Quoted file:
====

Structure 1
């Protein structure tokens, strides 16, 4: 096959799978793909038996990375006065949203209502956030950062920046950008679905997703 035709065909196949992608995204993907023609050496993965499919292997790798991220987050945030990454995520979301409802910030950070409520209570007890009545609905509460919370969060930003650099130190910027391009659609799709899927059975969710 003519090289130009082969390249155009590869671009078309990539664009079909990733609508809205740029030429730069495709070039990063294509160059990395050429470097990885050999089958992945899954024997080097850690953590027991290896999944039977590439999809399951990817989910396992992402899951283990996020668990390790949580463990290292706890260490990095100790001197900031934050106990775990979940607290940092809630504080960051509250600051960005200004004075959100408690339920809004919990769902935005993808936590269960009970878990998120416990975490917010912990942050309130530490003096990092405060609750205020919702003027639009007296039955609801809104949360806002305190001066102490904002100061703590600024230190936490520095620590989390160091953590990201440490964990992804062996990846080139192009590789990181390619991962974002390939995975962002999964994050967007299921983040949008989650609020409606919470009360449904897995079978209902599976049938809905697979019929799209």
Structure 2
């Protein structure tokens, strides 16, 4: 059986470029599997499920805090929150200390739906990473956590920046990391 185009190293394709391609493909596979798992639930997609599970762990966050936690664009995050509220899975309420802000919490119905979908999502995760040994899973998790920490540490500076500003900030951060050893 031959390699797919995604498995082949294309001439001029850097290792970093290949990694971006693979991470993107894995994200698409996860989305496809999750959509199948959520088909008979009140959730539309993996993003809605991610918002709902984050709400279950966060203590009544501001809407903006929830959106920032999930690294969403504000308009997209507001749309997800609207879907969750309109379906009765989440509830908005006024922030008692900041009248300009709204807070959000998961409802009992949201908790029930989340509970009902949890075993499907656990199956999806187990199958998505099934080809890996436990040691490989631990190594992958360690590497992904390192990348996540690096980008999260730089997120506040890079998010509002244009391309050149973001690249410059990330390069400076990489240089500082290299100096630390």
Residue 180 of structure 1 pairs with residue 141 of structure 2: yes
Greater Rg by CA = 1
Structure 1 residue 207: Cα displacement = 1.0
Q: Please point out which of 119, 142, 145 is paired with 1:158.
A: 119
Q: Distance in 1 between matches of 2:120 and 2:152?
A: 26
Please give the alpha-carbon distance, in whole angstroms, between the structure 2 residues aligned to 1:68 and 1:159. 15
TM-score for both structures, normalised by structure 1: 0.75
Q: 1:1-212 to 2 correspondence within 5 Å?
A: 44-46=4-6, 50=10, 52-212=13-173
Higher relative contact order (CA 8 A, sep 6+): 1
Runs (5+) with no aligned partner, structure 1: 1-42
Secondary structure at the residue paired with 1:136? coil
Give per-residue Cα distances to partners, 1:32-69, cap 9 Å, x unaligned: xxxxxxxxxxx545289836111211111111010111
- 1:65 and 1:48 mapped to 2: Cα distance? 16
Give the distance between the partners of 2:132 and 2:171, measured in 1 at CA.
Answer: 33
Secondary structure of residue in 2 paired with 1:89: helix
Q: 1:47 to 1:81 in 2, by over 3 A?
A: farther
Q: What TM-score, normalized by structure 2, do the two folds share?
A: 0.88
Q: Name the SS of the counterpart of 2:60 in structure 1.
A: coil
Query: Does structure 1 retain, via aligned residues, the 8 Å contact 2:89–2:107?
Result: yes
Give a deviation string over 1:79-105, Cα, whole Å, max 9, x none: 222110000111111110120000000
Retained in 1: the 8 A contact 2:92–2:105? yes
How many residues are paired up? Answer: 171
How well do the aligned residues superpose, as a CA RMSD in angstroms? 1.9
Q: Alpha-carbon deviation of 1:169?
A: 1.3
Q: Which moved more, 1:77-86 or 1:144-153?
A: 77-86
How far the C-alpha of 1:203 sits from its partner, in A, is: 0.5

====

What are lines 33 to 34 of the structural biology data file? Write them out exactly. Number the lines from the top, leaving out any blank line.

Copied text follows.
Retained in 1: the 8 A contact 2:92–2:105? yes
How many residues are paired up? Answer: 171